Sometimes political leaders unwittingly utter their own political epitaph. I think history may judge that the Premier was unwise to have been so declarative about what constitutes civic virtue. He may have also been wise to add the following qualification to his observation, “depending on when you tell it.” 48 hours before the Premier’s stern admonition this week about the behaviour of a virus ‘super-spreader’ truck driver who ‘drove’ his virus from Kilmore to Shepparton, the Secretary of the Premier’s Department, Chris Eccles, announced his immediate retirement. He did so after he delivered his phone records to the inquiry into the Victorian government’s failed management of Covid quarantine arrangements.

It seems that what the Secretary thought was truthful when he gave personal evidence to the inquiry may not have been. One Minister and one Head of Department gone. Who is next? The Premier’s political timebomb is that neither he nor any of his Ministers have been prepared to tell us anything other than what they do not know or recall. Before too long the full story about his government’s failed quarantine administration will have to be told or will become known.

But for one brief uncontaminated moment the attention of Victorians was taken away from the chicanery of their leaders and across its closed northern border to unexpected political developments in Sydney.

It was once observed that Sydney is a modern city that was founded by those who made illegal rum and those who bought it. Often called ‘Sincity’, the harbourside capital has always had a whiff of scandal and ‘slippery’ deals about it, especially when it comes to property development. The value of Sydney property is de rigueur conversation in the harbourside town. Many a property developer has been impugned for pressuring local and State politicians to secure sought after changes in a property’s zoning. Corrupt payments of “sweeteners” and “backhanders” are as well known in Sydney as its famous summer “southerly busters”.

State governments have known to be equally cavalier. To enable the retail and commercial development of Darling Harbour (remember the monorail?) the Wran government legislated to remove all applicable planning regulations. Mates doing deals and favours for mates seem to be intrinsic to Sydney’s modus operandi.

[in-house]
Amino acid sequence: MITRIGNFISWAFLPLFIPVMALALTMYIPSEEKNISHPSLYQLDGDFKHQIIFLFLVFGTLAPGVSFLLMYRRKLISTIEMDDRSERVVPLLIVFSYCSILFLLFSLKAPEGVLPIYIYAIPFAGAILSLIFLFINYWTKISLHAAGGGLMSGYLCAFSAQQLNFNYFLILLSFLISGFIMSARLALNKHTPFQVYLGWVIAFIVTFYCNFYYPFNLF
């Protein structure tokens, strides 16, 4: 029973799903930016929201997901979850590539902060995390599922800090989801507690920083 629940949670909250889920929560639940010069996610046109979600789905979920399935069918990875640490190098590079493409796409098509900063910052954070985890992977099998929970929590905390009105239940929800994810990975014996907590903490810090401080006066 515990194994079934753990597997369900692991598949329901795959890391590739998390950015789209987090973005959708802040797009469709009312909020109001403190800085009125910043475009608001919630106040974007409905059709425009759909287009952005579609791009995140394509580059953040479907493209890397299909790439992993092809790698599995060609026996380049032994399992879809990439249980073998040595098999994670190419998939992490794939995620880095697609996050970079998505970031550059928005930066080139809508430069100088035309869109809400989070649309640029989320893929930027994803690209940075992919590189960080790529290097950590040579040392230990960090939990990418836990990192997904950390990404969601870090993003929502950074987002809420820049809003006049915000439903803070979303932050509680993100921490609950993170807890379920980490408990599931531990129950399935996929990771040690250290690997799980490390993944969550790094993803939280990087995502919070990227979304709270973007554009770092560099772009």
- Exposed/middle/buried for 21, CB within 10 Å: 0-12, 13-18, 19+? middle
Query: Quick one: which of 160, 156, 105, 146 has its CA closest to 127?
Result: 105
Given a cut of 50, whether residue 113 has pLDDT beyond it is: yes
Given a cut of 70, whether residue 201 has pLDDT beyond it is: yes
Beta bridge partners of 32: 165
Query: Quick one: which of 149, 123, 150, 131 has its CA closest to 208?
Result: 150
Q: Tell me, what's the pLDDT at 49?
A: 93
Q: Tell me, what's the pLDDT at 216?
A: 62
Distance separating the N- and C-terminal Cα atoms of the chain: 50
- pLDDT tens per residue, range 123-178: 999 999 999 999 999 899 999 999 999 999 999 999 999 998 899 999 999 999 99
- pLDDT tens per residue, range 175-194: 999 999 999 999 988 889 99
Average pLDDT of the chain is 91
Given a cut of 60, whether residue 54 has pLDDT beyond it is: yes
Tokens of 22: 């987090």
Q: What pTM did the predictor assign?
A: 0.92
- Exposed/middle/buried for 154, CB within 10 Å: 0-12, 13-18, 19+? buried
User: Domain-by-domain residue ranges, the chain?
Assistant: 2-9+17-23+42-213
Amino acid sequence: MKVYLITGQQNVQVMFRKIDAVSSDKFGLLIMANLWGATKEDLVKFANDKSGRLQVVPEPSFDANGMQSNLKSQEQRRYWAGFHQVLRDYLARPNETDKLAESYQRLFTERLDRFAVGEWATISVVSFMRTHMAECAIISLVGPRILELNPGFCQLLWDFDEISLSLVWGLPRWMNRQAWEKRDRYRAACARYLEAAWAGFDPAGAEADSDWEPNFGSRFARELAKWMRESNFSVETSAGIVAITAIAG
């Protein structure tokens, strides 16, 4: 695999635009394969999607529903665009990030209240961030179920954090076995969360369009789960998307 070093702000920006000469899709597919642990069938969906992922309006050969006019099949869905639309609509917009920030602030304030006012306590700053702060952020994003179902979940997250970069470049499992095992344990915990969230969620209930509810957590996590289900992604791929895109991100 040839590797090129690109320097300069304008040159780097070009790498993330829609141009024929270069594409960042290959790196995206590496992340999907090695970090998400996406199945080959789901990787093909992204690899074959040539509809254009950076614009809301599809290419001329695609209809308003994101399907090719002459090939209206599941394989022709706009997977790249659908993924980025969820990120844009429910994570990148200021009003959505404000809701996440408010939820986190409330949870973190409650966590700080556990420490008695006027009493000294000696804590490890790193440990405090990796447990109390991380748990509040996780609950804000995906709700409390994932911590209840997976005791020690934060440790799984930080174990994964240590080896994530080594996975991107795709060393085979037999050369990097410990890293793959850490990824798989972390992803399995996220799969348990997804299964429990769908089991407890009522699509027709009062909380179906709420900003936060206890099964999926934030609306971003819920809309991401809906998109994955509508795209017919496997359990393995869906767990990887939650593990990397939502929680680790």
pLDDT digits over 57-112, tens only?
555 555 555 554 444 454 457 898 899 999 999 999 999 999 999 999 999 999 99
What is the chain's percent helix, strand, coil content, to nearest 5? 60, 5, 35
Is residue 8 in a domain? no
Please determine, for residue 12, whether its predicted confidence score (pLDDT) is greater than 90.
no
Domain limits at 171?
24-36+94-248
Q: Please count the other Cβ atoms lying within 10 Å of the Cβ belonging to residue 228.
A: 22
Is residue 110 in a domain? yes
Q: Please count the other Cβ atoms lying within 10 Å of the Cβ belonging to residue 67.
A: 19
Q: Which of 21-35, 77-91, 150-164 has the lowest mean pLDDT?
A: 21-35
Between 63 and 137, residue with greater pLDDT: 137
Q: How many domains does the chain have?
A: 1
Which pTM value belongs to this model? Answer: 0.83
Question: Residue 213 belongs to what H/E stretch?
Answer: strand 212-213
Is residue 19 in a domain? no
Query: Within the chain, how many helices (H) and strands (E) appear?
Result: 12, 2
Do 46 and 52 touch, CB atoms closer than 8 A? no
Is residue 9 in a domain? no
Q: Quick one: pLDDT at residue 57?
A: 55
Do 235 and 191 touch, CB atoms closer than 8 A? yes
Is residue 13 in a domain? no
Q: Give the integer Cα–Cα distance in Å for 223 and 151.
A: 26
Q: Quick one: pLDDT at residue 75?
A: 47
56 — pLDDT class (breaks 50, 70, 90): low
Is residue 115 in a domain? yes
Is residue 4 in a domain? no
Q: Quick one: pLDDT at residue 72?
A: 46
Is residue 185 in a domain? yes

It is also fair to say that a cloud of corruption has hung over the State’s Police force for many years- think Commissioner Mervyn Woods who famously said in 1977, that he would not close illegal casinos at Christmas because that would cause hardship and loss of employment. Think also of Roger Rogerson.

Newton’s 3rd law applies again. For every action, there is an equal and opposite reaction. New South Wales was the first State to establish a statutory body to investigate allegations of corruption within its government. Its Independent Commission against Corruption (ICAC), established in 1988, became the model for similar agencies in most other States. Neville Wran QC, Premier of NSW from 1976-1986 famously warned about the dangers of forming a body that could destroy those who created it. Wran, nicknamed ‘Nifty’ for his adroit political skills, had to weather investigations into his probity when Four Corners alleged he “looked after mates” in the State’s judiciary. Wran, who exemplified a tough “Balmain boys don’t cry”, “never resign, never explain” style of politics, was proved right.

ICAC investigations have led to the resignation of Premiers Nick Greiner, whose government established ICAC and Barry O’Farrell. Former State Ministers, most recently Eddie Obeid and Ian McDonald, have spent time in prison following ICAC investigations for corruptly using their political positions to obtain financial advantage from, you guessed it, land developments.